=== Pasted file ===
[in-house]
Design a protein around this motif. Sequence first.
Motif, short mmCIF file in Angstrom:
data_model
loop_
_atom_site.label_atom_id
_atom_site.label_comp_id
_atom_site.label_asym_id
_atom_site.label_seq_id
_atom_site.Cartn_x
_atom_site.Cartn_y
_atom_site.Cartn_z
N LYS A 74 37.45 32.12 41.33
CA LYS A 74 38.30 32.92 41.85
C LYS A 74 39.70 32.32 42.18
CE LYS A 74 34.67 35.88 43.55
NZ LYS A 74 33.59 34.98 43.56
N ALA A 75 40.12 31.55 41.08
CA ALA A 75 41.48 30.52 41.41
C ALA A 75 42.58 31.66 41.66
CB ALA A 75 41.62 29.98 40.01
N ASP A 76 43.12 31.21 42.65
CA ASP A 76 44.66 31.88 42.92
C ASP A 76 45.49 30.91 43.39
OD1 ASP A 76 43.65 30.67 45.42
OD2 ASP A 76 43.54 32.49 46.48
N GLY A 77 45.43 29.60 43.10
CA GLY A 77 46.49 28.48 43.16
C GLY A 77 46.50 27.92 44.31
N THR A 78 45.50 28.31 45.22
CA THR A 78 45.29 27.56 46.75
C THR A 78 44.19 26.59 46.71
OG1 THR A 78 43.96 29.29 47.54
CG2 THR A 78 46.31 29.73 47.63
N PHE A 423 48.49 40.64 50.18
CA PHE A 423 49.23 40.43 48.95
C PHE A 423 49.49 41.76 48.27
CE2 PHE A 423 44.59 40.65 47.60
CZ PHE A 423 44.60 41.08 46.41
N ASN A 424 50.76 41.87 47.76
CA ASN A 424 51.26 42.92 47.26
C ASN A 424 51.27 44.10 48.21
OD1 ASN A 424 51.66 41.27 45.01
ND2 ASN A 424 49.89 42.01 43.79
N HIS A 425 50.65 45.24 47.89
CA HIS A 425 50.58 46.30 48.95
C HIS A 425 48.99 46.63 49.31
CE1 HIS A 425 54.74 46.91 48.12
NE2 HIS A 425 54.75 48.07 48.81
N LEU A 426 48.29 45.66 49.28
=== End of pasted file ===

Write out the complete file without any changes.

[in-house]
Design a protein around this motif. Sequence first.
Motif, short mmCIF file in Angstrom:
data_model
loop_
_atom_site.label_atom_id
_atom_site.label_comp_id
_atom_site.label_asym_id
_atom_site.label_seq_id
_atom_site.Cartn_x
_atom_site.Cartn_y
_atom_site.Cartn_z
N LYS A 74 37.45 32.12 41.33
CA LYS A 74 38.30 32.92 41.85
C LYS A 74 39.70 32.32 42.18
CE LYS A 74 34.67 35.88 43.55
NZ LYS A 74 33.59 34.98 43.56
N ALA A 75 40.12 31.55 41.08
CA ALA A 75 41.48 30.52 41.41
C ALA A 75 42.58 31.66 41.66
CB ALA A 75 41.62 29.98 40.01
N ASP A 76 43.12 31.21 42.65
CA ASP A 76 44.66 31.88 42.92
C ASP A 76 45.49 30.91 43.39
OD1 ASP A 76 43.65 30.67 45.42
OD2 ASP A 76 43.54 32.49 46.48
N GLY A 77 45.43 29.60 43.10
CA GLY A 77 46.49 28.48 43.16
C GLY A 77 46.50 27.92 44.31
N THR A 78 45.50 28.31 45.22
CA THR A 78 45.29 27.56 46.75
C THR A 78 44.19 26.59 46.71
OG1 THR A 78 43.96 29.29 47.54
CG2 THR A 78 46.31 29.73 47.63
N PHE A 423 48.49 40.64 50.18
CA PHE A 423 49.23 40.43 48.95
C PHE A 423 49.49 41.76 48.27
CE2 PHE A 423 44.59 40.65 47.60
CZ PHE A 423 44.60 41.08 46.41
N ASN A 424 50.76 41.87 47.76
CA ASN A 424 51.26 42.92 47.26
C ASN A 424 51.27 44.10 48.21
OD1 ASN A 424 51.66 41.27 45.01
ND2 ASN A 424 49.89 42.01 43.79
N HIS A 425 50.65 45.24 47.89
CA HIS A 425 50.58 46.30 48.95
C HIS A 425 48.99 46.63 49.31
CE1 HIS A 425 54.74 46.91 48.12
NE2 HIS A 425 54.75 48.07 48.81
N LEU A 426 48.29 45.66 49.28